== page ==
In such very discouraging circumstances the American campaign began. Whilst insurrection was in their camp, Sir Henry Clinton dispatched General Arnold to make a descent upon the coast of Virginia. That general had been dispatched into that quarter, at the close of the year, with one thousand six hundred men, in ships so bad, that they were obliged to fling overboard some of their horses. Arnold, however, first sailed up the river James, and landed at Westover, only twenty-five miles from Richmond, the capital of Virginia. Jefferson, who was Governor of Virginia, was seized with great alarm; for, though the militia of the State were nominally fifty thousand, he could muster only a few hundreds. He therefore hastily collected what property he could, and fled up the country, dreading to fall into the hands of a man so embittered against the Americans as Arnold was, who was himself well aware that they had determined to hang him without mercy if they caught him. Arnold did not allow much time to elapse without action. The next day he was in Richmond, and sent word to Jefferson that, provided British vessels might come up the river to take away the tobacco, he would spare the town. Jefferson rejected the proposal, and Arnold burnt all the tobacco stores and the public buildings, both there and at Westham. After committing other ravages, he returned to Portsmouth, on Elizabeth River, where he entrenched himself. On the 26th of March, General Phillips, having assumed the command, in company with Arnold ascended James River with two thousand five hundred men, took and destroyed much property in Williamsburg and York Town, ravaged the country around, and then sailed to the mouth of the Appomattox, and burnt all the shipping and tobacco in Petersburg. After other depredations, and forcing the Americans to destroy their own flotilla between Warwick and Richmond, Phillips and Arnold descended the James River to Manchester, and proposed to cross over to Richmond. But Lafayette having just reached that place before them with upwards of two thousand men, they re-embarked, and, after destroying much other property, especially shipping and stores, at Warwick and other places, they fell down to Hog Island, where they awaited further orders.Chapter 11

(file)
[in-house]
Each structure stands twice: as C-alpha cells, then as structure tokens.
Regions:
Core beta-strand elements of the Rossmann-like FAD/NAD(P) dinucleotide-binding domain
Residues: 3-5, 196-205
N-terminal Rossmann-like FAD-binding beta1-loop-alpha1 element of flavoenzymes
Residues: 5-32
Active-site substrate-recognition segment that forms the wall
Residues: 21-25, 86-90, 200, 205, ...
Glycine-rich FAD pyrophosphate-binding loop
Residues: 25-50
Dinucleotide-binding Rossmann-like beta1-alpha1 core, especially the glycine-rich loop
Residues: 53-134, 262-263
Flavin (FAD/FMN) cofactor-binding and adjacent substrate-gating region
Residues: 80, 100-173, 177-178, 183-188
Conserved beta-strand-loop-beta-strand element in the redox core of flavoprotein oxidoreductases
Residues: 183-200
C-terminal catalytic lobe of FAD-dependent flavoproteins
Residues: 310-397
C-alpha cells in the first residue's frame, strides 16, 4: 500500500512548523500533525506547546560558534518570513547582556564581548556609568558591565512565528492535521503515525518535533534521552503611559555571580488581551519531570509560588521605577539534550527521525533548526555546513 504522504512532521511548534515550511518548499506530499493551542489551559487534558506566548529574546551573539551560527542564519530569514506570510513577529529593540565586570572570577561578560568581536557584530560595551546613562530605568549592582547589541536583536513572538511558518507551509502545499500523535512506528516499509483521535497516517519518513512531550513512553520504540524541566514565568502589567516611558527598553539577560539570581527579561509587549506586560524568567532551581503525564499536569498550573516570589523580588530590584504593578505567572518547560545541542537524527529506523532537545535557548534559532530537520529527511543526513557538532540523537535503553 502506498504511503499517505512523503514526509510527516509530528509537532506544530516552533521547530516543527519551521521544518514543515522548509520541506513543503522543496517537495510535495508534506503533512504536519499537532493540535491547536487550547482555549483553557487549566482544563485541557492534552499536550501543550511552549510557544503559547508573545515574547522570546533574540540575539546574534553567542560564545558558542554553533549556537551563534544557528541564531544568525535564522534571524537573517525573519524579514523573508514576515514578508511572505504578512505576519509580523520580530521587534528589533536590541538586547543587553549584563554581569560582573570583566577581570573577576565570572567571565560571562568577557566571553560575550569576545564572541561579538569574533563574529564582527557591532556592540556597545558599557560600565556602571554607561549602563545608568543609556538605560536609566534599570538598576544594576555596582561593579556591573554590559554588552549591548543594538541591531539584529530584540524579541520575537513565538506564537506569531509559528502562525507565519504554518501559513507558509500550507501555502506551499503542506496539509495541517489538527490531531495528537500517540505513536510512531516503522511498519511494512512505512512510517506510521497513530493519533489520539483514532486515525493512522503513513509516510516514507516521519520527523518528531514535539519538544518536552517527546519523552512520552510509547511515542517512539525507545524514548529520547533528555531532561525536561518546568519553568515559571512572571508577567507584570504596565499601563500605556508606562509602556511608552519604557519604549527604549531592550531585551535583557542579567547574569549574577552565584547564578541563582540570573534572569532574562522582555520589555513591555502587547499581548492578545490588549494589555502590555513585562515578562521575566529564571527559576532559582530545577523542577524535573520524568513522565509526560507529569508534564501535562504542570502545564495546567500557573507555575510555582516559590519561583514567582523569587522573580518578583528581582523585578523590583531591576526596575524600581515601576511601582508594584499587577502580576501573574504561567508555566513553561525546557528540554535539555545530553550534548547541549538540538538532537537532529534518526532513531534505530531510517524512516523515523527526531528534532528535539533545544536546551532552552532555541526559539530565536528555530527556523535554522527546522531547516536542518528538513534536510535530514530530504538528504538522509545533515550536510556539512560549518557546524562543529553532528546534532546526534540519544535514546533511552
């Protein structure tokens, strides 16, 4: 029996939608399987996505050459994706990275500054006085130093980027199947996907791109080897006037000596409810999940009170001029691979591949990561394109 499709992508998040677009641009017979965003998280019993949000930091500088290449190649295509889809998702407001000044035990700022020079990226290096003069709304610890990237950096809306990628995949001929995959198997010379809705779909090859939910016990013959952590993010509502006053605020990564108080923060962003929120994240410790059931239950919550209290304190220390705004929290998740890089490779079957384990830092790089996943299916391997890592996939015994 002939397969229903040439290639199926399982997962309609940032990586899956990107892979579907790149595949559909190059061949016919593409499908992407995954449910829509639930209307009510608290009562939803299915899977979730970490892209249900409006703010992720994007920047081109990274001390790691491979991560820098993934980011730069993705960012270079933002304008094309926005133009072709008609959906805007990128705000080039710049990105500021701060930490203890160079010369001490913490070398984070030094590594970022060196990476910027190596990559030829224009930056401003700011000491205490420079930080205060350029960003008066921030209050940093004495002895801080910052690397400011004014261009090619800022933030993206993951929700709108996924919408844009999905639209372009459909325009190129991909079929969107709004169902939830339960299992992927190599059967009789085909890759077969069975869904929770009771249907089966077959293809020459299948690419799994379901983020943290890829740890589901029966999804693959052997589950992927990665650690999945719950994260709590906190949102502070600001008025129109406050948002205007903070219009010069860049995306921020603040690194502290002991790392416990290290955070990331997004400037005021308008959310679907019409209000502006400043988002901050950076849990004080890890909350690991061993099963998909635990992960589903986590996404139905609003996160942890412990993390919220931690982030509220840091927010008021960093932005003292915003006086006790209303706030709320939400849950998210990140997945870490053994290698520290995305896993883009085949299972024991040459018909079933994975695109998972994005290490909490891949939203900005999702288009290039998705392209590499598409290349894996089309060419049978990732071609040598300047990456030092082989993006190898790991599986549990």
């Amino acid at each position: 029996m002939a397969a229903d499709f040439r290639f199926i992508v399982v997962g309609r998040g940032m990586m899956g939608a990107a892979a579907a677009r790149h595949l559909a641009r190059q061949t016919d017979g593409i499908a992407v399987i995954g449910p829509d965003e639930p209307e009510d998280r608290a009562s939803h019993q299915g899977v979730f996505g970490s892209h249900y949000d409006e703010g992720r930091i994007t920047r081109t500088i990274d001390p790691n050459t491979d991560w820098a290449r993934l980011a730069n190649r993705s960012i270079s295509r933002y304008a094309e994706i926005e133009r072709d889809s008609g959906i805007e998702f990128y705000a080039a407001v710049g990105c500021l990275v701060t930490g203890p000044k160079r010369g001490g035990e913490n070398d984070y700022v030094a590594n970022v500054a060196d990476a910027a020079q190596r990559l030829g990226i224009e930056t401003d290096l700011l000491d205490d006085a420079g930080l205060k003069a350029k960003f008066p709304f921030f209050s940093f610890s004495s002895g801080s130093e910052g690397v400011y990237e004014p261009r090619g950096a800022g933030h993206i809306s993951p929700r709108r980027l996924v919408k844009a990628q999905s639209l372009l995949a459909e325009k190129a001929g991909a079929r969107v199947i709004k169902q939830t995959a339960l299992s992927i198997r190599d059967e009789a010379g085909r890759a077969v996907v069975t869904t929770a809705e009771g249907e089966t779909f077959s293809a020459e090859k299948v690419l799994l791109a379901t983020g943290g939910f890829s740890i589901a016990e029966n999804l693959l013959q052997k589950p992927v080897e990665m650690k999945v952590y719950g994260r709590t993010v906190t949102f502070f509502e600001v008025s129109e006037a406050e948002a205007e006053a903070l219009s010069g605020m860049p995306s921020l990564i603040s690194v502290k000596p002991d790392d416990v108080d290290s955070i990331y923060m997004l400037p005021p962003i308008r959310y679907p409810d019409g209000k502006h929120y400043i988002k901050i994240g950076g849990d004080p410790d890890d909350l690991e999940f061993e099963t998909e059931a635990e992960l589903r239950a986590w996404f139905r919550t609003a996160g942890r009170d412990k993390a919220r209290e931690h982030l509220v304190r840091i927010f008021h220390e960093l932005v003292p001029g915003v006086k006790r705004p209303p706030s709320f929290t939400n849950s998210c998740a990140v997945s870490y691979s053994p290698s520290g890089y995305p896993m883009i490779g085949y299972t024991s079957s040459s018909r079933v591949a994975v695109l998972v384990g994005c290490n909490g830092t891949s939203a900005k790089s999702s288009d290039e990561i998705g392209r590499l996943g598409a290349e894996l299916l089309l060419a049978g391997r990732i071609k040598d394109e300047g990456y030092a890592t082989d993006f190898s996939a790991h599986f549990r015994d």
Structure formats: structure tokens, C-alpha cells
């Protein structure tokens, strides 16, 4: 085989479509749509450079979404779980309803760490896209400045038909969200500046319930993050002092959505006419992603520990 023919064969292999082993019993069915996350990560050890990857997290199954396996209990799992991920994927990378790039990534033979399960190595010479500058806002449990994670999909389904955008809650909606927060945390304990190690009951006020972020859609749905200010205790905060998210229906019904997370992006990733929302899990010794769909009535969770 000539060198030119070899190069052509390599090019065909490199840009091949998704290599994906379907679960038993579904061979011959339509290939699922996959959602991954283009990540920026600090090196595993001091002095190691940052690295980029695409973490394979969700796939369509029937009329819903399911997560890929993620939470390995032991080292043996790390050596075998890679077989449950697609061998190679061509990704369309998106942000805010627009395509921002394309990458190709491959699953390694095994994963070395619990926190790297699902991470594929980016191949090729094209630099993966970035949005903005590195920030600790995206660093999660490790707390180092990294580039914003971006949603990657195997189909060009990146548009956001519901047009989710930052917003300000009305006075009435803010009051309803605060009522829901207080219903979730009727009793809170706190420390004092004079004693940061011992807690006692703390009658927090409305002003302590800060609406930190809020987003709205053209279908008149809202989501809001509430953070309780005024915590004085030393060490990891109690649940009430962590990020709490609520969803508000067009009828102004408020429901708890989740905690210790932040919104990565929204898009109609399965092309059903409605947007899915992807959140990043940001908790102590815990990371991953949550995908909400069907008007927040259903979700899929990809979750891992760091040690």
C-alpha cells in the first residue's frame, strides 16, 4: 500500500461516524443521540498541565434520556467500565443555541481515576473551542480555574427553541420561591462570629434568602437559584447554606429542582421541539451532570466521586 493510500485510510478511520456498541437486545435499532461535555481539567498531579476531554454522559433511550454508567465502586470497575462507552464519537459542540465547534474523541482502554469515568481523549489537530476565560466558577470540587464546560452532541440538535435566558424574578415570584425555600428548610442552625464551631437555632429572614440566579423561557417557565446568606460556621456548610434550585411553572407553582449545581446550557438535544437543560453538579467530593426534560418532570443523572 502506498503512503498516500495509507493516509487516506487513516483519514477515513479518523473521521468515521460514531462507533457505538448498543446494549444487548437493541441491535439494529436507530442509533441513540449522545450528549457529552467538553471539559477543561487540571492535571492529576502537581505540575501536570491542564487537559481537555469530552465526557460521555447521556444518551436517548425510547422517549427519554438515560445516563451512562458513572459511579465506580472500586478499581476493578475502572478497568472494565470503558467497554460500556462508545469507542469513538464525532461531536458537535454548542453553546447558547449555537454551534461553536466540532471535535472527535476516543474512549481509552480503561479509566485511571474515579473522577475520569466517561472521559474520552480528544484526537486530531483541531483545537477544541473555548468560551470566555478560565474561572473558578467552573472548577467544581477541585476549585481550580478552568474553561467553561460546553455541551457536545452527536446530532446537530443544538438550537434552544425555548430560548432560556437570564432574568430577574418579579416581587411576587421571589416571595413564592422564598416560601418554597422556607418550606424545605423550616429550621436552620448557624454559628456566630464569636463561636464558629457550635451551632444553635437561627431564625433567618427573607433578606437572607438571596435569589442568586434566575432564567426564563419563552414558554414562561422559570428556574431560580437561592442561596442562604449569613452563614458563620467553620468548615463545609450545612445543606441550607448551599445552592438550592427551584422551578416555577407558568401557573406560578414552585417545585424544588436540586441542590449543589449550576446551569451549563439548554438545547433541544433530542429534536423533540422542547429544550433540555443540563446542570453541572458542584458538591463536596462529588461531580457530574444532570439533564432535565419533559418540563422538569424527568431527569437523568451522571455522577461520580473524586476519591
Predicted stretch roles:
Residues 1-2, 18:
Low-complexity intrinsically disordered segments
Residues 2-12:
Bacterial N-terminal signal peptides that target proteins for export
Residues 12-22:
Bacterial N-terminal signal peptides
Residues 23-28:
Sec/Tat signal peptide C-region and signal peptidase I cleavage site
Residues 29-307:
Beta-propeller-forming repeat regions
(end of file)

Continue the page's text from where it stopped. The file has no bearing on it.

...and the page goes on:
But the minister still refused to see it. He looked him very squarely in the eyes now, however. "See here, I am going to take lemon pop, my friend," he said."Nothing," she answered; "I can't see why it should make any difference to you, when it hasn't with me." She had altogether regained the self-possession she had been surprised out of, with an added note of reserve.
The motion of Fox was negatived by a large majority, and on the 21st of June the king prorogued Parliament.Accordingly, on the 5th of June, the queen proceeded to the House of Lords, and stated in a long speech the terms on which it was proposed to make the peace with Francenamely, that Louis XIV. should acknowledge the Protestant succession and remove the Pretender out of France; that Philip should renounce the Crown of Spain, should that of France devolve on him; and that the kings of both France and Spain should make solemn engagements for themselves and their heirs that the two kingdoms should never be united under one crown; that Newfoundland, with Placentia, Hudson's Bay, Nova Scotia, or Acadia, as it was then termed by the French, as well as Gibraltar, Port Mahon, and the whole island of Minorca, should be ceded to England; that the Spanish Netherlands, Naples, Sardinia, the Duchy of Milan, and the places on the Tuscan coast, formerly belonging to Spain, should be yielded to Austria, the appropriation of Sicily being not so far determined; that France would make the Rhine the barrier of the Empire, yielding up all places beyond it, and razing the fortresses on the German side as well as in the river; that the barriers of Savoy, the Netherlands, and Prussia, should be made satisfactory to the Allies. The Electoral dignity was to be acknowledged in the House of Hanover.